“Voter suppression is typically about blocking voters from the ballot box in order to guarantee the result desired by those in power. A new variant is now creeping up in Congress, this time from the Democratic side, in the form of option suppression,” writes José Alfredo Hernández Mayoral in El Nuevo Dia. “A compromise bill is being concocted for a Puerto Rico status referendum that would assure a statehood win by disqualifying the current Commonwealth status as an option.”


We respectfully disagree. First, it is not the case that a compromise bill would “disqualify the current Commonwealth status.”

Here’s why:

  1. The current status is not “Commonwealth” in any meaningful way. Puerto Rico is a territory belonging to the United States. The Department of Justice insists that remaining a territory should be on any ballot, and that “Commonwealth” in the sense of a special extended commonwealth status should not be on the ballot.
  2. No compromise bill could disqualify the “Commonwealth” status, because it has already been disqualified as unconstitutional by the Department of Justice, the Supreme Court, Congress, and the office of the president.

Voter suppression

It is not voter suppression to have on the ballot only the options that are actually possible in real life. Here are some options that won’t be on the ballot:

  • Trading Puerto Rico for Greenland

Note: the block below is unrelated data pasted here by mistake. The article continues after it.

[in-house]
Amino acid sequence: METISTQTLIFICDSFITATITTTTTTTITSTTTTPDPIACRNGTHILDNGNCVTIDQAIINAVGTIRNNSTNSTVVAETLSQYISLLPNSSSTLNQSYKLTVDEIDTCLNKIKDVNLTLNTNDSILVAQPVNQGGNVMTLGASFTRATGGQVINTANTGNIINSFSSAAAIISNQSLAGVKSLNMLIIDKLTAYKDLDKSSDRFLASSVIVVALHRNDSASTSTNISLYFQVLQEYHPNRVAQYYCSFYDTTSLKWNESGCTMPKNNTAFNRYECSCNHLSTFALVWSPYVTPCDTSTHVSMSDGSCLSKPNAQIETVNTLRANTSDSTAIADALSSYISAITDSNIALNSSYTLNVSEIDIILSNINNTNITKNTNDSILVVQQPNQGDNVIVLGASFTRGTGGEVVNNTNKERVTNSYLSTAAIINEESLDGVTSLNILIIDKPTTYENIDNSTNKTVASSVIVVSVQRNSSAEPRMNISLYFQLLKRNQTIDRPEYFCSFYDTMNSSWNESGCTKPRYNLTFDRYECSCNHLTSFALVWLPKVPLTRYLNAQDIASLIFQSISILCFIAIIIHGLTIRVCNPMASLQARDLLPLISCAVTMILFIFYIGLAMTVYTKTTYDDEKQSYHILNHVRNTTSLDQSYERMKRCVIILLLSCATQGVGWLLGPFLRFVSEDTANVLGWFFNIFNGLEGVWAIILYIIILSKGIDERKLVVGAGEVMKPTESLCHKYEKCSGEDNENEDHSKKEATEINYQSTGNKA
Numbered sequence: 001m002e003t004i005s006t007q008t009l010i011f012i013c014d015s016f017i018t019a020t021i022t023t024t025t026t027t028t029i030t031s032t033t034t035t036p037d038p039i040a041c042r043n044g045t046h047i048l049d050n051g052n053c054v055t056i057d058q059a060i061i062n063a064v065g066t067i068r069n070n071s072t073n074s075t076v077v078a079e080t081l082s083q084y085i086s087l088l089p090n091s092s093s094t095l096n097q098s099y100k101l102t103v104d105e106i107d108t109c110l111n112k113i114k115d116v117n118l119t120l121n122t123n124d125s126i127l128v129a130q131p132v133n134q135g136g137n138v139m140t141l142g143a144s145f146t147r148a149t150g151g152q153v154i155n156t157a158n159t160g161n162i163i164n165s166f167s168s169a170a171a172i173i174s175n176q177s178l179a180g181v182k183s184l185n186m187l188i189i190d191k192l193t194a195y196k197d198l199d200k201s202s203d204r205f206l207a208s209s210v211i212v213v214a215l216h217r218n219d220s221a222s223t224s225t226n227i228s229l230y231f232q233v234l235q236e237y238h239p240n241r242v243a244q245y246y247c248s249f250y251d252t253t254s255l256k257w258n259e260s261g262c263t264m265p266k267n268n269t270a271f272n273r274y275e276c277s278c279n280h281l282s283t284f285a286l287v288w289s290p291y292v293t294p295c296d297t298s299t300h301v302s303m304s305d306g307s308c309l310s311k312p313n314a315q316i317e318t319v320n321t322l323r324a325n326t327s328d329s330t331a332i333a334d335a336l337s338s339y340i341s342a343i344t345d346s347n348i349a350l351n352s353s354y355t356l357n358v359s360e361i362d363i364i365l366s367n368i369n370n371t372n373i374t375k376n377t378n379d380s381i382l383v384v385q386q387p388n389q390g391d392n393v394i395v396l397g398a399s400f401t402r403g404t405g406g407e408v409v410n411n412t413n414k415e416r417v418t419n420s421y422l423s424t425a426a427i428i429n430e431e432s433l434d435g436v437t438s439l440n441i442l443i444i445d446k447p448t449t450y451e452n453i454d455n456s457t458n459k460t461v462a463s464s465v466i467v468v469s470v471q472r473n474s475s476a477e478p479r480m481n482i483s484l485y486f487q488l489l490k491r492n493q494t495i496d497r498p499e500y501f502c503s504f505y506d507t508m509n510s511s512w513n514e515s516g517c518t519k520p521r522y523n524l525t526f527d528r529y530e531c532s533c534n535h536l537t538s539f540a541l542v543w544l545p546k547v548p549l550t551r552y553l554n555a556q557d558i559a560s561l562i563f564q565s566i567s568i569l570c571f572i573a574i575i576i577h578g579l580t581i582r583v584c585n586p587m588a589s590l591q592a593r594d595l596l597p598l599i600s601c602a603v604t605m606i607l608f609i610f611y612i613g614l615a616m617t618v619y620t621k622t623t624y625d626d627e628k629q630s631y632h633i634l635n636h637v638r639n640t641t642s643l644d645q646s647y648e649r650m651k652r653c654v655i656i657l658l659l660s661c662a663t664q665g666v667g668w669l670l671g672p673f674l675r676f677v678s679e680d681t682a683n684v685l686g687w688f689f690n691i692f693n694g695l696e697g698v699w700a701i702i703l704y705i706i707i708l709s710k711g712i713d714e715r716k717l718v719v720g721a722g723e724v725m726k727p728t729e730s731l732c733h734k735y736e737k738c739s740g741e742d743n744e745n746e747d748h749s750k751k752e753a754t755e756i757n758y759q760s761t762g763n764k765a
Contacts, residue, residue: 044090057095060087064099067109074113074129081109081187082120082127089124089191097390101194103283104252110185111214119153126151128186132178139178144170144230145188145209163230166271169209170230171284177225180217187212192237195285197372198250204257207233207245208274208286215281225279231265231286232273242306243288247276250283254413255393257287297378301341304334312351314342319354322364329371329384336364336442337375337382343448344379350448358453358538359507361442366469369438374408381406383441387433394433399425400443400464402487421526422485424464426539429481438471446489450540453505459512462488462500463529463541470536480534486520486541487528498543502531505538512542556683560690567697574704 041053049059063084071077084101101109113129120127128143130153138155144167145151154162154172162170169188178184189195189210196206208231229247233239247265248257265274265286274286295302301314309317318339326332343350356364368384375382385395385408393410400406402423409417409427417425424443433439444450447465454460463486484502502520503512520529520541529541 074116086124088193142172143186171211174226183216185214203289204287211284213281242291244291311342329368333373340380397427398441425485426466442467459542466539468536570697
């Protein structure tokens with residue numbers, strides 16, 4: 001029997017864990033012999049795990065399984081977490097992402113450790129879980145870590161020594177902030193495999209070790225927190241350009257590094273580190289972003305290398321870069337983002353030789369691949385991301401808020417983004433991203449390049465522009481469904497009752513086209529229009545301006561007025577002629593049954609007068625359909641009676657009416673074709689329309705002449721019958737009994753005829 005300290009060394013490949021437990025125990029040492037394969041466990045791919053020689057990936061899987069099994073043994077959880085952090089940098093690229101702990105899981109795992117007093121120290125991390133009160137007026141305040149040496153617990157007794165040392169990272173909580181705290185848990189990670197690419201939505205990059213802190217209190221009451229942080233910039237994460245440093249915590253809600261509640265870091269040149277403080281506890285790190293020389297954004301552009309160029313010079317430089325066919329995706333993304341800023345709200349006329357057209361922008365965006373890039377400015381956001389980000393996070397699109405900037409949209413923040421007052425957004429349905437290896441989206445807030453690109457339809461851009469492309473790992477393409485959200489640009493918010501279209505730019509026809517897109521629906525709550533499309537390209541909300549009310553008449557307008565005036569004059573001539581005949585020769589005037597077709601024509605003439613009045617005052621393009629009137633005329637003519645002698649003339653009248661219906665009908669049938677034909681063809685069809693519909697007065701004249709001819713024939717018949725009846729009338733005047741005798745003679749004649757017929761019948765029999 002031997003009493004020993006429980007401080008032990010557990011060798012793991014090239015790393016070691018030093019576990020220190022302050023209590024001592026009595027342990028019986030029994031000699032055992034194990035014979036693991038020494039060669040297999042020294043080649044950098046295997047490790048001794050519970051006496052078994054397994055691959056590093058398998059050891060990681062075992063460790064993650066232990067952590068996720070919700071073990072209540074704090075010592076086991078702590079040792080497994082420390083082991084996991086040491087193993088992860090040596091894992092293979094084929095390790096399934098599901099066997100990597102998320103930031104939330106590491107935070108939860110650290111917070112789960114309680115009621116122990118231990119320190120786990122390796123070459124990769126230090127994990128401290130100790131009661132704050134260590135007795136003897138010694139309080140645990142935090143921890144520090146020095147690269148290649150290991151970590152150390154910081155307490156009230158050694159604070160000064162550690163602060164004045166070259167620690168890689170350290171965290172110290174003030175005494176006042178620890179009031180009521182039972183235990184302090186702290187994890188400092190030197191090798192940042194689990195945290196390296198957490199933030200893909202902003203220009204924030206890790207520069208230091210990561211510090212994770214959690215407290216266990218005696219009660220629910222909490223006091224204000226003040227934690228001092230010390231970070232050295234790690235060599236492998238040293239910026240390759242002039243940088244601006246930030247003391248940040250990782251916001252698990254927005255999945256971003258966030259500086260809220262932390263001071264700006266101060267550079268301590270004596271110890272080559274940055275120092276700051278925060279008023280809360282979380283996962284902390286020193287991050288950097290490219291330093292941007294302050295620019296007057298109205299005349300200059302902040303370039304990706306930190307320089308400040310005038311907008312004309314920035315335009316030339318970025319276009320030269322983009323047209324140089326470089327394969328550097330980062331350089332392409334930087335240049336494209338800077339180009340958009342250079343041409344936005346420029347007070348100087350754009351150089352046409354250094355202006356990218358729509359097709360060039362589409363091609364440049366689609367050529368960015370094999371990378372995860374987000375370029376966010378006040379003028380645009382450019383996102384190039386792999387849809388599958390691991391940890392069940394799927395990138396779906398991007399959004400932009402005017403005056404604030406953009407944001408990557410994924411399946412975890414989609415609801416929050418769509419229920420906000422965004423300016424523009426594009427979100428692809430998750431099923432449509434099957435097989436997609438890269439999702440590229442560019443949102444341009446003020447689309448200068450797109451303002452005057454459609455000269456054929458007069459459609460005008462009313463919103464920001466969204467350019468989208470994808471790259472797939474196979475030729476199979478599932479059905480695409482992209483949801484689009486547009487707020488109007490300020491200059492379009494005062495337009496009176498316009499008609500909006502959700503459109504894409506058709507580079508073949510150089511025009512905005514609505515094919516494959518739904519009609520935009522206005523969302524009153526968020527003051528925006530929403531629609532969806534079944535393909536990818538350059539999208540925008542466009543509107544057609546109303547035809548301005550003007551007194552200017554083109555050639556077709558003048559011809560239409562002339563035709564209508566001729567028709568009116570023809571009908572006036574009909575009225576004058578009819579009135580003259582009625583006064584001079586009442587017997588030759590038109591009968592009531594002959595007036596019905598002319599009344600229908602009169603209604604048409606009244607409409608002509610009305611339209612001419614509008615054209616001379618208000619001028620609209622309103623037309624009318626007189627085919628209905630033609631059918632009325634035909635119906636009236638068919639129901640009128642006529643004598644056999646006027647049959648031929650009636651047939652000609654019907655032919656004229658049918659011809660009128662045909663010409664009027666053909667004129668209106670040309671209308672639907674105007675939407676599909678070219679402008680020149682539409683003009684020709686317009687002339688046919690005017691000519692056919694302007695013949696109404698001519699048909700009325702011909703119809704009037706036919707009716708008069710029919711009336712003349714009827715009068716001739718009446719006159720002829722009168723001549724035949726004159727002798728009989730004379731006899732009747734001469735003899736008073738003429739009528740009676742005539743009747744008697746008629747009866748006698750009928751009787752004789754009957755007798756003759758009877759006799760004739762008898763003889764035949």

• Ceding Puerto Rico back to Spain
  • Making Puerto Rico part of the state of New York
  • Turning Puerto Rico into a monarchy headed by Elon Musk
  • Giving Puerto Rico to Atlantis

We could go on, of course. The ballot options should not be every single conceivable option. They should be the options that are available under the U.S. Constitution.

In fact, it would be most useful if they were the options which Congress — the group that has the final say over Puerto Rico’s status — would actually approve and implement.

Congress’s responsibility

Congress has made it clear which options are available under the Constitution:

  • Territory status
  • Independence
  • Statehood

Congress should now make it clear which of those options it will implement if they are chosen. They should commit to admit Puerto Rico as a state if voters once again choose statehood. If they are not willing to admit Puerto Rico, they should say so frankly.

Equally, they should say clearly whether they would accept a Declaration of Independence from Puerto Rico. However, Puerto Rico has always had the choice of declaring independence without the agreement of the United States. It would be useful if Congress clarified what the response would be if this happened. It would also be useful to get a sense of whether Congress would be willing to negotiate a Compact of Free Association with Puerto Rico, like the treaties between the United States and the three current COFA nations. Since one Congress cannot make promises on behalf of a future Congress, though, the current Congress can’t commit to what such a compact would include.

We already know that Congress will allow Puerto Rico to continue as a territory. Puerto Rico has been a territory for more than a century and will continue in that status indefinitely if Congress takes no action.

None of this has anything to do with voter suppression.



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